Denmark resident diagnosed with Zika

Denmark resident diagnosed with Zika

A Denmark resident who travelled outside Denmark has tested positive for mosquito-transmitted Zika virus say health officials.

The Danish man, who had returned from a trip to Mexico and Brazil, is expected to recover soon, health officials said.

Professor Lars Ostergaard, from the Department of Infectious Diseases and Clinical Medicine at University Hospital in Aarhus, said the man in his mid-twenties suffered fever, headaches and muscle pain and was tested at the hospital on Tuesday.

Despite initial reports suggesting the man had been sent home, Professor Ostergaard said the patient is still recovering in hospital.

Professor Ostergaard said: “His condition is good, he is recovering and he will be released from the hospital soon.”

An estimated 80 per cent of people infected have no symptoms, making it difficult for pregnant women to know whether they have been infected.

The hospital says there is little risk of the virus spreading in Denmark because the mosquito carrying the virus isn’t found in the country.

The mosquito-borne virus has been linked to brain damage in thousands of babies in Brazil. There is no vaccine or treatment for Zika.

An outbreak of the virus is currently being spread across South America, Central America and the Caribbean.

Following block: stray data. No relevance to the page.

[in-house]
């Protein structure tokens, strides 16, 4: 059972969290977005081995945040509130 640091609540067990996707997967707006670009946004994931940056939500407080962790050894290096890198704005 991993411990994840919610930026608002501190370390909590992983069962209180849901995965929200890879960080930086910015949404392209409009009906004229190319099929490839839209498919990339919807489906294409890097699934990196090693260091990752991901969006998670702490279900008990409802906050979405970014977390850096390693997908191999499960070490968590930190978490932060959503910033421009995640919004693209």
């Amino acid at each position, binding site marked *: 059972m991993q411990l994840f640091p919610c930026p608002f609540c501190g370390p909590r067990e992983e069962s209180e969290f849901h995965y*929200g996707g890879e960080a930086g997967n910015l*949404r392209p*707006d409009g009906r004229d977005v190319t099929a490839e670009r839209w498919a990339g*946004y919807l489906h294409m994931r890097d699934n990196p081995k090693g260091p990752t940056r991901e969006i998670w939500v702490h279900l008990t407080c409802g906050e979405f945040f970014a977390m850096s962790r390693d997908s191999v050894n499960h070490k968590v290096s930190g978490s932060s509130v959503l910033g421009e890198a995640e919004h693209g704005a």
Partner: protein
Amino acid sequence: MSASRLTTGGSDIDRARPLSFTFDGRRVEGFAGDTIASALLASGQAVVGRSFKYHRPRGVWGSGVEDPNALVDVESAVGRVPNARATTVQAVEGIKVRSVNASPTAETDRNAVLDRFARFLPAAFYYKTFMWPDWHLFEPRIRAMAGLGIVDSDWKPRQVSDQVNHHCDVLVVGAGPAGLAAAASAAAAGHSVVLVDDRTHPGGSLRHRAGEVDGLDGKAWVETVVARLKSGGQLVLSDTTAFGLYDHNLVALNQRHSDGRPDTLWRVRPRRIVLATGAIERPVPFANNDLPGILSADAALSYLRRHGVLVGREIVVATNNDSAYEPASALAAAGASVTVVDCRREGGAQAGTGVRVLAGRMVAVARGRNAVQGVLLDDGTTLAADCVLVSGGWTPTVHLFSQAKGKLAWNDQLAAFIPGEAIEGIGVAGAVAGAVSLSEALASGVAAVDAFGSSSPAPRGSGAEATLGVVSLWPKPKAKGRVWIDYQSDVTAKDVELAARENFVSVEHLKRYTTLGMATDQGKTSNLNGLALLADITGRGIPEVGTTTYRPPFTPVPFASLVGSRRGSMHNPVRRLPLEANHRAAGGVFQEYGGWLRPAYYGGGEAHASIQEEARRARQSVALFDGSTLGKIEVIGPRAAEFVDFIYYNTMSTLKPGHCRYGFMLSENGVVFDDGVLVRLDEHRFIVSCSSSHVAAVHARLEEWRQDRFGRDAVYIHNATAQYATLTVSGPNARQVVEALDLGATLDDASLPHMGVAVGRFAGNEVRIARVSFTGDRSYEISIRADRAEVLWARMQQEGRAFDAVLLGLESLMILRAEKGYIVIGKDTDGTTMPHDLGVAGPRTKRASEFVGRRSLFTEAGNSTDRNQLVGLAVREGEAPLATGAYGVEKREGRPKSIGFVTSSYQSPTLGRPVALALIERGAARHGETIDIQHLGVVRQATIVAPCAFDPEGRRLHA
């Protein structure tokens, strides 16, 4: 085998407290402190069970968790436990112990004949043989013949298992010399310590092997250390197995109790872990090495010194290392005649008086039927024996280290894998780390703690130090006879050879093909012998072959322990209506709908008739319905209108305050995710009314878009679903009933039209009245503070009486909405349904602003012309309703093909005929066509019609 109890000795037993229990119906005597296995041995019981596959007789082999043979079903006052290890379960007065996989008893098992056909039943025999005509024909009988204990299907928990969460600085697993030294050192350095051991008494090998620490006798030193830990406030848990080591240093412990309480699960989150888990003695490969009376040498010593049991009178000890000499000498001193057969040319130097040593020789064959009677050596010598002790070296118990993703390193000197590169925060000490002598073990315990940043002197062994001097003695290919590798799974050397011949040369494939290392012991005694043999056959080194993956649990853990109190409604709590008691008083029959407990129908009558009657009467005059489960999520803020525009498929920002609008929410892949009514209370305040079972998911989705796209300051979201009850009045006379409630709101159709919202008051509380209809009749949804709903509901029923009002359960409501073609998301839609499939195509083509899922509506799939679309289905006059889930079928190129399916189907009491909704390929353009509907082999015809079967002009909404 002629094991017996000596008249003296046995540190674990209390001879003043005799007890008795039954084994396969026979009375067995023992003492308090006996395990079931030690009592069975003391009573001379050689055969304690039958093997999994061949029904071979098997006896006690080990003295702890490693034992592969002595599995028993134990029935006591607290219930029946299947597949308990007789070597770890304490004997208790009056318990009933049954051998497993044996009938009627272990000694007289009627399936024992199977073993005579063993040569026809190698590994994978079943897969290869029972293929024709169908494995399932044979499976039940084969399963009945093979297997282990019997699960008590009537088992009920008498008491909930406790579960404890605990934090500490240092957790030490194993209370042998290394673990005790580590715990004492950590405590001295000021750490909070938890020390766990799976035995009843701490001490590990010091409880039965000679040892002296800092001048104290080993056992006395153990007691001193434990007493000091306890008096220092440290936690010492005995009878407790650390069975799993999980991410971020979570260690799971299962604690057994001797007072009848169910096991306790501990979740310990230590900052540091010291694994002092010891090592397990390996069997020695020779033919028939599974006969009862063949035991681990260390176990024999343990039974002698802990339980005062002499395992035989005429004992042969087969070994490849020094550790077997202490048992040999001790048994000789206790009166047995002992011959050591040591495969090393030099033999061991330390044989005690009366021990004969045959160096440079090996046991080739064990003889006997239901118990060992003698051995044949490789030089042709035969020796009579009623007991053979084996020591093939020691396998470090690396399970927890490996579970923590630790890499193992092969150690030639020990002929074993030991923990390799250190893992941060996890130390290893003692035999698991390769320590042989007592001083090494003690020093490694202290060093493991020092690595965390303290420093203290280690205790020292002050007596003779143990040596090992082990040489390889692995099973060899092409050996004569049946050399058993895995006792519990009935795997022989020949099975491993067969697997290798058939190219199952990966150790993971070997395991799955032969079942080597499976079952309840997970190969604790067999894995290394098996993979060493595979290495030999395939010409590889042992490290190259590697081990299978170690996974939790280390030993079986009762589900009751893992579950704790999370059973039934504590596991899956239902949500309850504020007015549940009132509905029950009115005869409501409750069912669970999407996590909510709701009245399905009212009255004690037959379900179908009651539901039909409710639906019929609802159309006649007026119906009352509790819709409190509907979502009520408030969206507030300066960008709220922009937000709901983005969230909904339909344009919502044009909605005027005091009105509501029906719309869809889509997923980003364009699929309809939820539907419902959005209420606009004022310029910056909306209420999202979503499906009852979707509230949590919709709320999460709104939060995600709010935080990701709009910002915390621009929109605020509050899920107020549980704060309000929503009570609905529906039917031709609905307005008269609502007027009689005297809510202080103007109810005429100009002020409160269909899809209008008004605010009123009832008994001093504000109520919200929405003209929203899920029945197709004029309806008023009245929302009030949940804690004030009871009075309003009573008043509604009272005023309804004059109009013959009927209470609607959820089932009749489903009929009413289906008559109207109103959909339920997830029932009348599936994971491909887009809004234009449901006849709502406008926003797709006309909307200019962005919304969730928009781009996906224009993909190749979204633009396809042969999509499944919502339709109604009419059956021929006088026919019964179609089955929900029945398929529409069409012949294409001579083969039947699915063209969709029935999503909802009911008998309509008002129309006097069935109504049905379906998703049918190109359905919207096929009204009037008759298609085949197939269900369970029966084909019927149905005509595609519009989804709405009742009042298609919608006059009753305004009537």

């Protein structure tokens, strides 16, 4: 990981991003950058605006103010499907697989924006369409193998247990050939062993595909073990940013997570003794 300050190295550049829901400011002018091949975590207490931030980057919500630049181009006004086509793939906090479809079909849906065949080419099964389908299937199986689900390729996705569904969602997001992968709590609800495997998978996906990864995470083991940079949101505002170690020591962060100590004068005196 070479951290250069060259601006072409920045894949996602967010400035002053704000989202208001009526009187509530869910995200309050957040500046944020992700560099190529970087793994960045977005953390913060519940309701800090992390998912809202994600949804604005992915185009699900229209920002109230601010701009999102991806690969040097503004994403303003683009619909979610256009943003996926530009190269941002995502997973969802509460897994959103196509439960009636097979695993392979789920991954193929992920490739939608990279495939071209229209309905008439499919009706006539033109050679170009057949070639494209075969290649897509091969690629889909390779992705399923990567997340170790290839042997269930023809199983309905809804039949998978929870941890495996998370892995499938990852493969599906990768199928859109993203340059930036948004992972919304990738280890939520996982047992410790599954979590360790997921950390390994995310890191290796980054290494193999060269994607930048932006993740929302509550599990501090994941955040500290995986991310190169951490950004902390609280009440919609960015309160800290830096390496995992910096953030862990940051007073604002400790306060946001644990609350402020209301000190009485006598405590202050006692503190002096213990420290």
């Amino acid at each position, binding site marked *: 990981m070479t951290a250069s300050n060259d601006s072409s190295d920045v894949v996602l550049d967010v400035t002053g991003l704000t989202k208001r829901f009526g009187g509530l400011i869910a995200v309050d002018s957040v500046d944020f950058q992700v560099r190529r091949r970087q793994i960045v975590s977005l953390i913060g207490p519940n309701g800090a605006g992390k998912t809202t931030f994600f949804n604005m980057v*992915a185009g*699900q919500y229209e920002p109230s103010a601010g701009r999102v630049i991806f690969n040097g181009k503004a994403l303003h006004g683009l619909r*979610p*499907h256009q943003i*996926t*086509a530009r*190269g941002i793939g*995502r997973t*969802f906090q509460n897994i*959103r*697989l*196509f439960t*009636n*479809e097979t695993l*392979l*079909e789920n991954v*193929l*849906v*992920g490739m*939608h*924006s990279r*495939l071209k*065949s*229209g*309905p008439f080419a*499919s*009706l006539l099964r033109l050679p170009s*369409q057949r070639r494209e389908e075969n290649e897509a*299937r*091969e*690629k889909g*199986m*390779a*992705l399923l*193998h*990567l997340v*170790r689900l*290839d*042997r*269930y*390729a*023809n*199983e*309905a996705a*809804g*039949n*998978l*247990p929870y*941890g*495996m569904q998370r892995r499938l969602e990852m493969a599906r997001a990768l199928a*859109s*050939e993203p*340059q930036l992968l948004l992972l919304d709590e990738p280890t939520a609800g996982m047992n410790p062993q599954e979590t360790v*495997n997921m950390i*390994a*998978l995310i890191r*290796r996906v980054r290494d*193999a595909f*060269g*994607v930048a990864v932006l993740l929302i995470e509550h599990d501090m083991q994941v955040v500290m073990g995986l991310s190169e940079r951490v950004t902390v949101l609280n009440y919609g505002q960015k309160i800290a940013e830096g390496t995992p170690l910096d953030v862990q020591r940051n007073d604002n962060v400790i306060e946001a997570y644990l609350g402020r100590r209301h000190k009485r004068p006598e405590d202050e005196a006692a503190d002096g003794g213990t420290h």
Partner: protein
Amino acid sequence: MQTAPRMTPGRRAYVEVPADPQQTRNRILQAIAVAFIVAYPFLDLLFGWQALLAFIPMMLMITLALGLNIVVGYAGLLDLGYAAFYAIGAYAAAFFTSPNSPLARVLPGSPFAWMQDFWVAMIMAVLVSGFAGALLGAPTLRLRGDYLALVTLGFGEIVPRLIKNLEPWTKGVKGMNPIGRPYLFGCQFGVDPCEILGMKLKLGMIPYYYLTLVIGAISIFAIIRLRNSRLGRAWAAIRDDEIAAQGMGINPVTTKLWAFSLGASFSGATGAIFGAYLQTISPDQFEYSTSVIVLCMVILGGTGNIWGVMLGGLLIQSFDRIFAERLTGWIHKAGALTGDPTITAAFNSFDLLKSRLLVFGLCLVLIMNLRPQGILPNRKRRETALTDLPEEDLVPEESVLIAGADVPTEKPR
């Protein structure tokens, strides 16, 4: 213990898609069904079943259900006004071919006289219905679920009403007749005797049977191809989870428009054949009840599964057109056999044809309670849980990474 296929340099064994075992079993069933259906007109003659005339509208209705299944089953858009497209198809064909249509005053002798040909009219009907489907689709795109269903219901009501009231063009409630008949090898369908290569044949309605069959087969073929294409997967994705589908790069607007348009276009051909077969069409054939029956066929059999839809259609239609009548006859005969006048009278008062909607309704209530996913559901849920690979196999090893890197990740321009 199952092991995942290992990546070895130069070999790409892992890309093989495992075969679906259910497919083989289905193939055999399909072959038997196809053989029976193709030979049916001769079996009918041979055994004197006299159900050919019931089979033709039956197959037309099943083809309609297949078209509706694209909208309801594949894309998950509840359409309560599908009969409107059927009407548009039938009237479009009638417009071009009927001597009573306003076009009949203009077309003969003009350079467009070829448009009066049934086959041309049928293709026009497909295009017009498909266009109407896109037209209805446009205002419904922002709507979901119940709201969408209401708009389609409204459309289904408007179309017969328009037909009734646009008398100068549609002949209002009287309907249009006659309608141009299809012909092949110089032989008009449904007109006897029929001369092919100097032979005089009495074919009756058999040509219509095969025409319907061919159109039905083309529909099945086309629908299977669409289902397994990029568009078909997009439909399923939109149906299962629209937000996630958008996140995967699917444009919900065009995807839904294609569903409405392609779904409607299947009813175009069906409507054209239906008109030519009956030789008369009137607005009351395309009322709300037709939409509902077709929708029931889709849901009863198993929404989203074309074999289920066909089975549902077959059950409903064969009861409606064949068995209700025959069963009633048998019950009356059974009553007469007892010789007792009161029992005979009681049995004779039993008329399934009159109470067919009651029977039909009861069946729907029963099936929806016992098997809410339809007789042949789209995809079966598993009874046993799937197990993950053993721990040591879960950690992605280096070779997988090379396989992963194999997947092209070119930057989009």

Symptoms include mild fever, sore eyes, headache, joint pain and a red, bumpy rash.

Women in El Salvador, South America have been warned to avoid getting pregnant for two years to prevent birth defects from the Zika virus.

Microcephaly is a birth defect being associated to women who have been infected by the virus. It is caused by below normal brain development in utero.

Babies born with the birth defect have a below-average head size often caused by failure of brain to grow at a healthy and normal rate.

Some babies are left with brains so underdeveloped they might experience walking, sight, hearing and learning difficulties.

Children who survive face severe disabilities and possible seizures.

No link between the virus and Microcephaly has been confirmed but Brazil has seen a rise in babies diagnosed with the birth defects at the same time as the Zika outbreak.

It’s believed the virus can also be sexually transmitted.

ree British travellers are confirmed to have contracted the Zika virus after visits to Colombia, Suriname and Guyana, according to Public Health England.

No other information on the cases have been provided by Public Health England, other than: “ZIKV does not occur naturally in the UK.”

It has also become a threat in the US, where cases have been confirmed in Florida and Illinois.

Health experts say such cases are to be expected in Europe, given the scale of the outbreak in South America and the frequency of international travel.

But Zika is not expected to pose a threat in colder countries since they are not warm enough for the virus-carrying Aedes mosquito to breed.


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